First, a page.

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IDOA egg program safety net for consumers, producers

Source of Article:  http://farmweek.ilfb.org/viewdocument.asp?did=12537&drvid=102&r=0.8765833

Wednesday, February 04, 2009


The head of the state’s egg inspection program periodically receives calls from restaurant owners, hospital officials, and others questioning the legitimacy of state egg inspectors.

“It always surprises me that I get calls, ‘Is this person for real? He’s checking our eggs.’ They don’t realize it’s (inspections) part of the food safety program to keep food products safe,” said Suzanne Moss, manager of the Illinois Department of Agriculture (IDOA) egg program.

Illinois Agriculture Director Tom Jennings recently highlighted the state’s egg inspection program during his report to the Illinois Agricultural Legislative Roundtable.

Officials with IDOA’s egg program work with sister federal and state agencies to ensure Illinois consumers buy safe, quality eggs and egg products, according to Moss. Those agencies include USDA, the U.S. Food and Drug Administration, the Illinois Department of Public Health, and county health departments.

“We (agencies) act as an extra set of eyes and ears for each other,” Moss said of the close working relationship.

In Illinois, small-scale egg producers far outnumber large-scale operations. Eight egg producers are licensed to have more than 3,000 birds, while 101 are licensed to have 3,000 or fewer birds.

Many eggs sold and used in Illinois come from out-of-state operations. Forty-seven out-of-state producers with more than 3,000 birds are licensed to sell eggs in Illinois, compared to 10 out-of-state licensees with 3,000 or fewer birds.

Recently, the state has seen an increase in small-scale producers who sell specialty eggs, according to Moss. “A lot of people are looking for niche markets, especially with eggs,” she said.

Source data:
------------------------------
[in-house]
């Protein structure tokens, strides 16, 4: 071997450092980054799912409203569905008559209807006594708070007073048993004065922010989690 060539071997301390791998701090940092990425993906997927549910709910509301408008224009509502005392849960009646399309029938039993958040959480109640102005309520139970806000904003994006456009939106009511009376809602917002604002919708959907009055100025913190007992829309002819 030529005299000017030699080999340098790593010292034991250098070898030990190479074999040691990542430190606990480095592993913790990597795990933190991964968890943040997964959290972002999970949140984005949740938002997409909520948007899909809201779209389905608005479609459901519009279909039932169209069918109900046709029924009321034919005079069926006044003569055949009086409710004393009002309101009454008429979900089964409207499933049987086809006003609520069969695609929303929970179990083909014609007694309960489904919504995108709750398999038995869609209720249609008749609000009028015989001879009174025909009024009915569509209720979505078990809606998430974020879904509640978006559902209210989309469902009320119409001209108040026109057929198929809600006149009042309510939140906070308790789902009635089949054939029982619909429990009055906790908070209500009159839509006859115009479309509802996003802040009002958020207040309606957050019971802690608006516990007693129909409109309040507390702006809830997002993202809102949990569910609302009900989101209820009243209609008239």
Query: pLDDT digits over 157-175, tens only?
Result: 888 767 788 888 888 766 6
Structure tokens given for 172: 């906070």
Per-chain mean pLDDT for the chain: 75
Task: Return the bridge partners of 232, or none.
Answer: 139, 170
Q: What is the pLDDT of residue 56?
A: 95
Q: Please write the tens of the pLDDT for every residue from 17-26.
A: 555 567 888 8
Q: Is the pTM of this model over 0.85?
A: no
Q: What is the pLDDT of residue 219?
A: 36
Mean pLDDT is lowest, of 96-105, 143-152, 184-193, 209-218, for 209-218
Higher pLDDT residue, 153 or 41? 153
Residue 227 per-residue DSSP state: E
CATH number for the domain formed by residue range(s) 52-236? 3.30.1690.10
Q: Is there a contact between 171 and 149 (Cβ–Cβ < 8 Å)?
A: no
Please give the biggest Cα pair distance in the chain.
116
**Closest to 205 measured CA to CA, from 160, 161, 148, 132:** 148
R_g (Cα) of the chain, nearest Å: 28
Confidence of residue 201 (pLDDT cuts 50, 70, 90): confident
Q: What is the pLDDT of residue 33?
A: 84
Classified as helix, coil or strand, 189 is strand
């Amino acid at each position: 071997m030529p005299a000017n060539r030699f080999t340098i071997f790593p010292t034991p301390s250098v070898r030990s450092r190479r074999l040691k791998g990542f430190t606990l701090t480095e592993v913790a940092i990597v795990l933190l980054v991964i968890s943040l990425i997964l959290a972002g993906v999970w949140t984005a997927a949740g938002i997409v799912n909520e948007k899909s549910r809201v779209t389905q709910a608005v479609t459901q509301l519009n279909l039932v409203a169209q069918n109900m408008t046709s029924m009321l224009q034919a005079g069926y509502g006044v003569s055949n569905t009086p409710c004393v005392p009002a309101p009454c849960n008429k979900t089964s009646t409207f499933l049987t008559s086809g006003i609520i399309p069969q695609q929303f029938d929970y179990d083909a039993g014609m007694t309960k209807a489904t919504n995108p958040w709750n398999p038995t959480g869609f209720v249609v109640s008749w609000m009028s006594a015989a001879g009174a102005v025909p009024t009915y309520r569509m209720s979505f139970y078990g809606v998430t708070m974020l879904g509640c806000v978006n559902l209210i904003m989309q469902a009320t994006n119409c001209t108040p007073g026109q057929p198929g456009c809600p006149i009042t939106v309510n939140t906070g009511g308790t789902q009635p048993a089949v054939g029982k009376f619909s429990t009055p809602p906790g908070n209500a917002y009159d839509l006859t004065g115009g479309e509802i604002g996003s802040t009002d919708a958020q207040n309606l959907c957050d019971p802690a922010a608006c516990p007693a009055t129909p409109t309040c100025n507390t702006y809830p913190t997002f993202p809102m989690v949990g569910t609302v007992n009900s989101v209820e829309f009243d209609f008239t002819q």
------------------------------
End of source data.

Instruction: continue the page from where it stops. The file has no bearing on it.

Moss frequently receives calls from farmers seeking information about state requirements for egg operations. Those rules and regulations are posted online at {www.agr.state.il.us} under “food safety and inspection services.”

State egg inspectors check eggs and cartons at many locations ranging from warehouses to storage areas and retail display cases.

They also check egg cartons for correct labeling. The Illinois sell-by-date restriction of 30 days is more restrictive than the federal 45-day limit, Moss noted.

Inspectors also weigh eggs in the carton to ensure the quality and size of eggs are labeled accurately. Eggs also are checked for broken or cracked shells and candled for quality.

In addition to egg production questions, Moss also handles queries from consumers. The most common question is about the expiration date printed on cartons and if the eggs can still be used safely after that date.

“People think once the expiration date has passed, the eggs aren’t good. That’s not the case. You can use eggs within a week or two of that date — as long as they’ve been kept in the carton and inside the refrigerator and not in the (refrigerator) door (shelf),” Moss said.




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